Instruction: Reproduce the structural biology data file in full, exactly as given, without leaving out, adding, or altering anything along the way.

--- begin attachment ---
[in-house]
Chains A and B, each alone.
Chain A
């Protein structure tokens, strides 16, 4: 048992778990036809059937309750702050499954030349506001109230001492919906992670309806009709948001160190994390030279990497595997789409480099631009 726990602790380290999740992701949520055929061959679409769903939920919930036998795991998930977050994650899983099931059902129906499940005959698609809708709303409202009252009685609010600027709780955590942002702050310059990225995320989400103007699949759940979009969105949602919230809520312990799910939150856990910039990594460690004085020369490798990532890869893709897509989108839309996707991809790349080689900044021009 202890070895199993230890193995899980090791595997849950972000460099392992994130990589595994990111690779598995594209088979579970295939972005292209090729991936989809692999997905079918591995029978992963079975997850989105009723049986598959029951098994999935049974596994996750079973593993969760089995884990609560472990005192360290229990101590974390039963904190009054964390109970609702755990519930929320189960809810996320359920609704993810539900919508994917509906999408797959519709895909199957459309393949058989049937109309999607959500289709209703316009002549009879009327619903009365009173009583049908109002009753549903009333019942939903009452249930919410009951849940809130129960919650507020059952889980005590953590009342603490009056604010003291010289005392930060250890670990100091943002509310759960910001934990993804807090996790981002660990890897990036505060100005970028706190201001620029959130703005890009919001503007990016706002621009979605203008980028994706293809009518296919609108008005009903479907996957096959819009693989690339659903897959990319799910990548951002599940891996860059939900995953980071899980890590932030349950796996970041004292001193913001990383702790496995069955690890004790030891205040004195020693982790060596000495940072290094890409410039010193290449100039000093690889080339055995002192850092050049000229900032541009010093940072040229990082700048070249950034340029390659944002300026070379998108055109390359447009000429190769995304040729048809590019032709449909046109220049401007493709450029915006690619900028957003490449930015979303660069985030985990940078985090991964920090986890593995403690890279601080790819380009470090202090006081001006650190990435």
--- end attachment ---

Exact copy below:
[in-house]
Chains A and B, each alone.
Chain A
């Protein structure tokens, strides 16, 4: 048992778990036809059937309750702050499954030349506001109230001492919906992670309806009709948001160190994390030279990497595997789409480099631009 726990602790380290999740992701949520055929061959679409769903939920919930036998795991998930977050994650899983099931059902129906499940005959698609809708709303409202009252009685609010600027709780955590942002702050310059990225995320989400103007699949759940979009969105949602919230809520312990799910939150856990910039990594460690004085020369490798990532890869893709897509989108839309996707991809790349080689900044021009 202890070895199993230890193995899980090791595997849950972000460099392992994130990589595994990111690779598995594209088979579970295939972005292209090729991936989809692999997905079918591995029978992963079975997850989105009723049986598959029951098994999935049974596994996750079973593993969760089995884990609560472990005192360290229990101590974390039963904190009054964390109970609702755990519930929320189960809810996320359920609704993810539900919508994917509906999408797959519709895909199957459309393949058989049937109309999607959500289709209703316009002549009879009327619903009365009173009583049908109002009753549903009333019942939903009452249930919410009951849940809130129960919650507020059952889980005590953590009342603490009056604010003291010289005392930060250890670990100091943002509310759960910001934990993804807090996790981002660990890897990036505060100005970028706190201001620029959130703005890009919001503007990016706002621009979605203008980028994706293809009518296919609108008005009903479907996957096959819009693989690339659903897959990319799910990548951002599940891996860059939900995953980071899980890590932030349950796996970041004292001193913001990383702790496995069955690890004790030891205040004195020693982790060596000495940072290094890409410039010193290449100039000093690889080339055995002192850092050049000229900032541009010093940072040229990082700048070249950034340029390659944002300026070379998108055109390359447009000429190769995304040729048809590019032709449909046109220049401007493709450029915006690619900028957003490449930015979303660069985030985990940078985090991964920090986890593995403690890279601080790819380009470090202090006081001006650190990435």